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So windy

  • GCSE
  • Popular Activity
  • Topical

Type: Activity
Learning Strategy: Data work
Topic: Generating electricity

Thursday 18 January 2007 was the windiest day in the UK for 17 years. Winds of up to 100 mph caused millions of pounds worth of damage and killed thirteen people. In this activity, students learn what wind is, calculate the energy of wind at different speeds and consider how and why wind can be both dangerous and useful.

14-16 How Science Works:
1c: How explanations of many phenomena can be developed using scientific theories, models and ideas.

Published: 19th January 2007
Reviews & Comments: 6

Learning objectives

Students will:
• Understand that air has mass, and that moving air (wind) has kinetic energy.
• Be able to calculate the kinetic energy of wind at different wind speeds.
• Be able to apply this knowledge to consider the uses and dangers of wind.

Try the activity


You will need Acrobat Reader installed to open the activity sheets.

11 – 14 Energy and electricity (KS3 QCA module 9I)
• Useful changes usually involve energy transfers. The term 'kinetic' is useful when describing energy.

14 – 16 How science works: data, evidence, theories and explanations
• 1c: How explanations of many phenomena can be developed using scientific theories, models and ideas.

14 – 16 Energy - see downloadable teachers' notes for details of individual specifications

Running the activity

Display page 1. This sets the context and asks three key questions, which are the focus of the activity. Use the illustrations and the key questions to briefly discuss the uses and dangers of wind.

[Optional] Display page 2, and get small groups of students to use the concept cartoon to decide what wind is and why it can be dangerous.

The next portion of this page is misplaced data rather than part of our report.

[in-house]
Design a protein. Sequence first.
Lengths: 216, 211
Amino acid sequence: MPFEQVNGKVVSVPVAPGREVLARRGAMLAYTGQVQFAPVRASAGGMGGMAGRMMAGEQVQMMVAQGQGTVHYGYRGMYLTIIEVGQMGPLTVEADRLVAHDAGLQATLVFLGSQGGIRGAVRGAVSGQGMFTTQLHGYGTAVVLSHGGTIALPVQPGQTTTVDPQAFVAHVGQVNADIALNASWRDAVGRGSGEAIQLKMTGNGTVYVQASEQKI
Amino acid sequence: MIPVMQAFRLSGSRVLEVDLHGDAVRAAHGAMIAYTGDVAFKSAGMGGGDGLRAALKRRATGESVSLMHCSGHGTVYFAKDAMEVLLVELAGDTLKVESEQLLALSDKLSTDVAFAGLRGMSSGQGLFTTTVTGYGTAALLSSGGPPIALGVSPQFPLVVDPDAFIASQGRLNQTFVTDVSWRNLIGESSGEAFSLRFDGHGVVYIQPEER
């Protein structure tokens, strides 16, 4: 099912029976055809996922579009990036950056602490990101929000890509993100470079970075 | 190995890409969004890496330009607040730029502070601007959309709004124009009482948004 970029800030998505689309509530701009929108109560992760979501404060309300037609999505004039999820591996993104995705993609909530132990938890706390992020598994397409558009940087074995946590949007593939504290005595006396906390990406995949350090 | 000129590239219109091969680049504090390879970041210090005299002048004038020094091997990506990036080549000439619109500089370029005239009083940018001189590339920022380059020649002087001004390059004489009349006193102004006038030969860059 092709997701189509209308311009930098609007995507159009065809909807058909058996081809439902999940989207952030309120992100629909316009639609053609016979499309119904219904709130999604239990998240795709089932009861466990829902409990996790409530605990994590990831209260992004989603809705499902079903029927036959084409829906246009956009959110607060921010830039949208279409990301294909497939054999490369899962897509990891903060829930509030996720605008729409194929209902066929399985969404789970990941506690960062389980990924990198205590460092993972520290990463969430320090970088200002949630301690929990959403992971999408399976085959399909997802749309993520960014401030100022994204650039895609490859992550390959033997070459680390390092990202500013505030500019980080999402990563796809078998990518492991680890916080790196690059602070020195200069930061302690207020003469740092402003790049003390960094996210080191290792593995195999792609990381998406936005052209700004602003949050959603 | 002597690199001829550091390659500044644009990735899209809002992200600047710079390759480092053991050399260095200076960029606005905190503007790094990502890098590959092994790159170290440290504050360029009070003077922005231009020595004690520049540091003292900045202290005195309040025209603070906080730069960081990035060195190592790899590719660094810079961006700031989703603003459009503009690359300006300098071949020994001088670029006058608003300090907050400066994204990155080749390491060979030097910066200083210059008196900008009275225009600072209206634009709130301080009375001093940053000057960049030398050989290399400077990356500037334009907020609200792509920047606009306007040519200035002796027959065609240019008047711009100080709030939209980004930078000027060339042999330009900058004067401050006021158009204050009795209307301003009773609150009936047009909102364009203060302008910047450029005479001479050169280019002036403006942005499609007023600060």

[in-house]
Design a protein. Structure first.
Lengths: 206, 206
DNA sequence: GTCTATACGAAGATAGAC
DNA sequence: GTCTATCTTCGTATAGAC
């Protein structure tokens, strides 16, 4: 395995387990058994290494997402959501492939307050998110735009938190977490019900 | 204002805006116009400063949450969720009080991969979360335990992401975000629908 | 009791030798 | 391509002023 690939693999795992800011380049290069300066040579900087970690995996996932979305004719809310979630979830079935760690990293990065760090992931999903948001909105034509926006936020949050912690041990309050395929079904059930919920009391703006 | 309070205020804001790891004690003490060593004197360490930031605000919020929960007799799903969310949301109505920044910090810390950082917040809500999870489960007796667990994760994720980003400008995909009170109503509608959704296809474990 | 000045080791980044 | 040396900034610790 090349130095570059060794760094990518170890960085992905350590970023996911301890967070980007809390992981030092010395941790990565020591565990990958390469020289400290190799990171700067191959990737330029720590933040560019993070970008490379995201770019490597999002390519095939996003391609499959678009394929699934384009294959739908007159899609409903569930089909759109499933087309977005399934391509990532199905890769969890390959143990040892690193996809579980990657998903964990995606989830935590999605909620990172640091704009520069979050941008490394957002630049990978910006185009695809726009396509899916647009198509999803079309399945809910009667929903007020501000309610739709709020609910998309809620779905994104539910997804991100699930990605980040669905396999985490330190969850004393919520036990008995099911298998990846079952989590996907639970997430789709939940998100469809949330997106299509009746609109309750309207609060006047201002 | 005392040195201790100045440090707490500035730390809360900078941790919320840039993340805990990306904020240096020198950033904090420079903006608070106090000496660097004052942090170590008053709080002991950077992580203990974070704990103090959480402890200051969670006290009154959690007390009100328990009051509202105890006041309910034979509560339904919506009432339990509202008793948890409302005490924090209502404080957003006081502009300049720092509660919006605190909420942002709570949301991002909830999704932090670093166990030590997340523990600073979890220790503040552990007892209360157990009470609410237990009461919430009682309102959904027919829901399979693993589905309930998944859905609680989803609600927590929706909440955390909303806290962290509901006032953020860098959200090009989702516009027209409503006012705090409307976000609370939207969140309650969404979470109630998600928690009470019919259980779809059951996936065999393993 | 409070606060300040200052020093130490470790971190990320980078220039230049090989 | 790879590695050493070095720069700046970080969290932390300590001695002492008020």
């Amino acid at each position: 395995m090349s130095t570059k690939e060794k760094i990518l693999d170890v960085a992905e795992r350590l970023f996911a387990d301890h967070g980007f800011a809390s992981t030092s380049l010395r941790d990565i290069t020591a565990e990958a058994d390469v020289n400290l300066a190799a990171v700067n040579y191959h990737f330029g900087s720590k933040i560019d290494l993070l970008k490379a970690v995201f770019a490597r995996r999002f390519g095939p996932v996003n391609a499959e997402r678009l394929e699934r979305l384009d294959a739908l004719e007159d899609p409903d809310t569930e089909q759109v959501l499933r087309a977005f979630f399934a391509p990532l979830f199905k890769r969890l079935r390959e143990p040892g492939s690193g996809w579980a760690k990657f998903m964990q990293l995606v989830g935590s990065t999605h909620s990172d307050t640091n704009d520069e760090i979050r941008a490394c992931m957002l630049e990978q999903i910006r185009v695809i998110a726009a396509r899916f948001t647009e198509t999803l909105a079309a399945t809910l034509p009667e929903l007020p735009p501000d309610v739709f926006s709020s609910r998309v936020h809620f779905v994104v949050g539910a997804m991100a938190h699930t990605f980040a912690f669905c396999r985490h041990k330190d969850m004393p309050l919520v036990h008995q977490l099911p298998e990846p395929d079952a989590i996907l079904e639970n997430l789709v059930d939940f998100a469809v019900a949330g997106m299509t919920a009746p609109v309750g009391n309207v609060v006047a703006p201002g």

Display page 3, which explains that the kinetic energy carried by the wind is a function of its mass and speed.

Then distribute copies of page 4 (more able students) or page 5 (less able students).
Page 4 prompts students to calculate the kinetic energy in a 'gym-full' of air moving at different speeds [KE = column A column D]. They then plot a graph to summarise their calculations. Page 5 gives the answers to the calculations on page 4, as well as graph axes on which students can plot the results of the calculations.

Extension: Pupils could use the m/s to mph conversion table (see web links) to convert the fastest recorded gust of wind on 18th Jan (99mph or 100 mph, depending on which newspaper you read!) to m/s and then calculate the kinetic energy of it.

Page 6 prompts students to interpret their graphs and the Beaufort scale (page 7) to estimate wind speeds that endanger trees and to consider the impact of wind speeds on wind turbines.

Extension: If time allows pupils could make a survey of wind speed at different points around the school campus, and use this information to think about how electricity companies choose sites for onshore wind farms.

Note: The calculations are, of course, greatly simplified. No attempt is made to consider how much energy is transferred from the moving 'gym-full' of air to a tree, for example.

News links

BBC news
BBC News report, with links to video reports.
BBC news